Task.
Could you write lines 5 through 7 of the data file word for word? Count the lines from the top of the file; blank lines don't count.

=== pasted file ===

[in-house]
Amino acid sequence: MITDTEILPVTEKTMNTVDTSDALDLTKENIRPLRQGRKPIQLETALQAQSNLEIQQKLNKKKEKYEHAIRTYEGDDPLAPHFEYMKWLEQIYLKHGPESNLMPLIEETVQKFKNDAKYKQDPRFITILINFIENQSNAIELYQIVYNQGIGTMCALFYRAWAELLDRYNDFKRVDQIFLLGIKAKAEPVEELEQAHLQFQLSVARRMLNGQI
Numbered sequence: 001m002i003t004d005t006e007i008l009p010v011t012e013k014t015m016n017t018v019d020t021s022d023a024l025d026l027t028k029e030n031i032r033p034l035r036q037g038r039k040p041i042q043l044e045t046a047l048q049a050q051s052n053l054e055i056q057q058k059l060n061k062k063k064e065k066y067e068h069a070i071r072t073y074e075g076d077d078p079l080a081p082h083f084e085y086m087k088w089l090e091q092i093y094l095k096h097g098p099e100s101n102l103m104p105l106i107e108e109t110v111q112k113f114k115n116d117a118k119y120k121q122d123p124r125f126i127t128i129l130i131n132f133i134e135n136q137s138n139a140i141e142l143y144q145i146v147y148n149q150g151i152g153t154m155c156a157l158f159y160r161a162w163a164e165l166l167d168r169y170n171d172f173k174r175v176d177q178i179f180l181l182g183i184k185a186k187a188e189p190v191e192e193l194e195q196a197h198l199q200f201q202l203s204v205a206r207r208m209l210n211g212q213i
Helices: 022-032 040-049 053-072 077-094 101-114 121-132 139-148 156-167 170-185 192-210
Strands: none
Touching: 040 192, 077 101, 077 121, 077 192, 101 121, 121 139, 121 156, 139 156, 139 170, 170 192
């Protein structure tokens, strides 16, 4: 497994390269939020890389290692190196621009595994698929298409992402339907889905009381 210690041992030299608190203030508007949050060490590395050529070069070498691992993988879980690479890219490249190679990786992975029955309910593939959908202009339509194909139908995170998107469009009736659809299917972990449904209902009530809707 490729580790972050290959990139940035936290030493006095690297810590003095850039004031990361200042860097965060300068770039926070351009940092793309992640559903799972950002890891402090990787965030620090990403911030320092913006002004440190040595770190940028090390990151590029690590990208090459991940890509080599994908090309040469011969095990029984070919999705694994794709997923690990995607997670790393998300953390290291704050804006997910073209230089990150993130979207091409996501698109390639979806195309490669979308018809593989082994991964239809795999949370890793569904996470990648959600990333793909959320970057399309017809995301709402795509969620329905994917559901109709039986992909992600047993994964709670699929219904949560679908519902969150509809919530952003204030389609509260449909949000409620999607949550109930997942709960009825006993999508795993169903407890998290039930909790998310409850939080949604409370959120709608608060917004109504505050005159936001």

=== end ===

Strands: none
Touching: 040 192, 077 101, 077 121, 077 192, 101 121, 121 139, 121 156, 139 156, 139 170, 170 192
């Protein structure tokens, strides 16, 4: 497994390269939020890389290692190196621009595994698929298409992402339907889905009381 210690041992030299608190203030508007949050060490590395050529070069070498691992993988879980690479890219490249190679990786992975029955309910593939959908202009339509194909139908995170998107469009009736659809299917972990449904209902009530809707 490729580790972050290959990139940035936290030493006095690297810590003095850039004031990361200042860097965060300068770039926070351009940092793309992640559903799972950002890891402090990787965030620090990403911030320092913006002004440190040595770190940028090390990151590029690590990208090459991940890509080599994908090309040469011969095990029984070919999705694994794709997923690990995607997670790393998300953390290291704050804006997910073209230089990150993130979207091409996501698109390639979806195309490669979308018809593989082994991964239809795999949370890793569904996470990648959600990333793909959320970057399309017809995301709402795509969620329905994917559901109709039986992909992600047993994964709670699929219904949560679908519902969150509809919530952003204030389609509260449909949000409620999607949550109930997942709960009825006993999508795993169903407890998290039930909790998310409850939080949604409370959120709608608060917004109504505050005159936001």